And once you have a GGPO-like netcode it’s the best of both worlds since if you like input delay better you can just set it in the rollback options and it’ll work just like your pre-rollback games.


#10

Harada says there is no such thing as netcode. His belief is that in order to have good netplay online, the game has to be developed from the ground up for netplay. He used the Tekken game as an example. Essentially, they tweaked the frames taking into consideration the input lag that happens online amongst other things. Funny thing is they did something similar with Weapon Lord but I haven’t found anyone who talked about their online experience with the game.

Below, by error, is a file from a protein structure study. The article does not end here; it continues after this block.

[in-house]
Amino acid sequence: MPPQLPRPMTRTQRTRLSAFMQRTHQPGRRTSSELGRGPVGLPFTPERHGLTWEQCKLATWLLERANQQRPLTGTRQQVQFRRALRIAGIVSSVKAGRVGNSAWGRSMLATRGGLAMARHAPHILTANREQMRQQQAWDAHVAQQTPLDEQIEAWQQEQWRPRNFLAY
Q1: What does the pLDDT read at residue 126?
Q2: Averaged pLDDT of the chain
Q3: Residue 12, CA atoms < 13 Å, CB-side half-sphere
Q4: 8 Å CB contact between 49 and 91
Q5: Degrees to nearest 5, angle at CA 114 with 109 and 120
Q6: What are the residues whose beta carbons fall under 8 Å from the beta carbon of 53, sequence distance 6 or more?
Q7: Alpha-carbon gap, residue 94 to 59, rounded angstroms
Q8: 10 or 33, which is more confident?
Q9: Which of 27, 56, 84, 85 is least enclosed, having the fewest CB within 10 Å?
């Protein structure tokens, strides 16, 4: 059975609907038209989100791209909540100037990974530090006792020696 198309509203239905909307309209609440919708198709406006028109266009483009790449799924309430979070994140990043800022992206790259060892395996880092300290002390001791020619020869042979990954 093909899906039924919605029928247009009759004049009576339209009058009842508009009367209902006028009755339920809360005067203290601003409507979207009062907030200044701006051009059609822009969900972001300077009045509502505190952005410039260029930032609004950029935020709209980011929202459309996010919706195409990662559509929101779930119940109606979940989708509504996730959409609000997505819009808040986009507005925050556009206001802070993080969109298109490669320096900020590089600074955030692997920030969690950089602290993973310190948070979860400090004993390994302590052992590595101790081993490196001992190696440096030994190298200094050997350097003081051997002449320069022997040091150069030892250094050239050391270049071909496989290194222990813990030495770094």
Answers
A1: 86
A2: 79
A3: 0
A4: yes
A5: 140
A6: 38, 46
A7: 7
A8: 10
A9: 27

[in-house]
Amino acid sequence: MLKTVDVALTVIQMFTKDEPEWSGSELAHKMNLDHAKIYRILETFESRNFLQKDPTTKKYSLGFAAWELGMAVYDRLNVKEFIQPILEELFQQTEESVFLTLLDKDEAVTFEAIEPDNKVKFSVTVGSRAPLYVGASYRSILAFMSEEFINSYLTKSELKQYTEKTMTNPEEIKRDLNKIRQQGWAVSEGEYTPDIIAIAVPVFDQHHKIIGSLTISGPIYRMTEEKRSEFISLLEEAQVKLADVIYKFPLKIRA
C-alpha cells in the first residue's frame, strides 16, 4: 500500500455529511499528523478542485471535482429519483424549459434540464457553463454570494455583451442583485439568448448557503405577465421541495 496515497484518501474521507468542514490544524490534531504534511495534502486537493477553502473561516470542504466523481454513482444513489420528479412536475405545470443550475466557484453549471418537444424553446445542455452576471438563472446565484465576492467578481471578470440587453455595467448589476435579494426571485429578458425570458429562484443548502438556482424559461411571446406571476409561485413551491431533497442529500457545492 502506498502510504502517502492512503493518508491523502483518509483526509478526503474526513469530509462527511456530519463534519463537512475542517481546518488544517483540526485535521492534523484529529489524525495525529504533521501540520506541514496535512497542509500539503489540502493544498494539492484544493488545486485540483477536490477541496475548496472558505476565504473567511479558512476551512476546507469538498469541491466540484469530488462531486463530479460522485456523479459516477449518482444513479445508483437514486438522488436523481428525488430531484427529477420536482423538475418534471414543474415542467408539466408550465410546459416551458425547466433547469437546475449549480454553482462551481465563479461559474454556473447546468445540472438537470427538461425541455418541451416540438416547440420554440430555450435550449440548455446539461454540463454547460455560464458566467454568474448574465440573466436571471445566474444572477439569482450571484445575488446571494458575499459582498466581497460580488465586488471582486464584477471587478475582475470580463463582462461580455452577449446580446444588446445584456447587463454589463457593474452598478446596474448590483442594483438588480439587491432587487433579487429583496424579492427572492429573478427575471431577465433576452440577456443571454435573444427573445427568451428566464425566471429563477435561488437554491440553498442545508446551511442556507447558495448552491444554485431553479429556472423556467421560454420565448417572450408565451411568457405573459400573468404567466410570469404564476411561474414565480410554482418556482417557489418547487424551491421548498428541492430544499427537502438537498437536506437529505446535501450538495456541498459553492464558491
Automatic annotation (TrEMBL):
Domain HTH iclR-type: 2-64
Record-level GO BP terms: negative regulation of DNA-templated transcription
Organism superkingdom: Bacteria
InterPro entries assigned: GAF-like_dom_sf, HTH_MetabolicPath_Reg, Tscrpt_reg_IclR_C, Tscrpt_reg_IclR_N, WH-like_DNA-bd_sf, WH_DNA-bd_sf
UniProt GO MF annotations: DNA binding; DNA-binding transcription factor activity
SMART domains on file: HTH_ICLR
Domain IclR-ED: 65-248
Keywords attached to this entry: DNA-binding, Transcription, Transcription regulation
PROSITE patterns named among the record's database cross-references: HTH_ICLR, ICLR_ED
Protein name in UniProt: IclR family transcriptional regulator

#11

He’s right that the word netcode does get thrown out a lot in these types of discussions but its just a general term loosely referring to the quality of online play, when compared to offline.
This can be many things such as input delay (most notable one), slower gamespeed, visual distortion, sound problems etc. which is caused by how the developers built(coded) that part of the game. So in that context, yes netcode is something that exists.

Harada’s approach toward online play is unfortunately not the best solution to emulate offline-like gameplay.
Seriously he should just consult Ponder (like how Double Helix did with Killer Instinct) and save all that extra work tweaking the frames from ground-up or whatever to conpensate network latency.


#12

Tweaking a game so that it takes into consideration online delay is fine, and in fact should now be the defacto standard.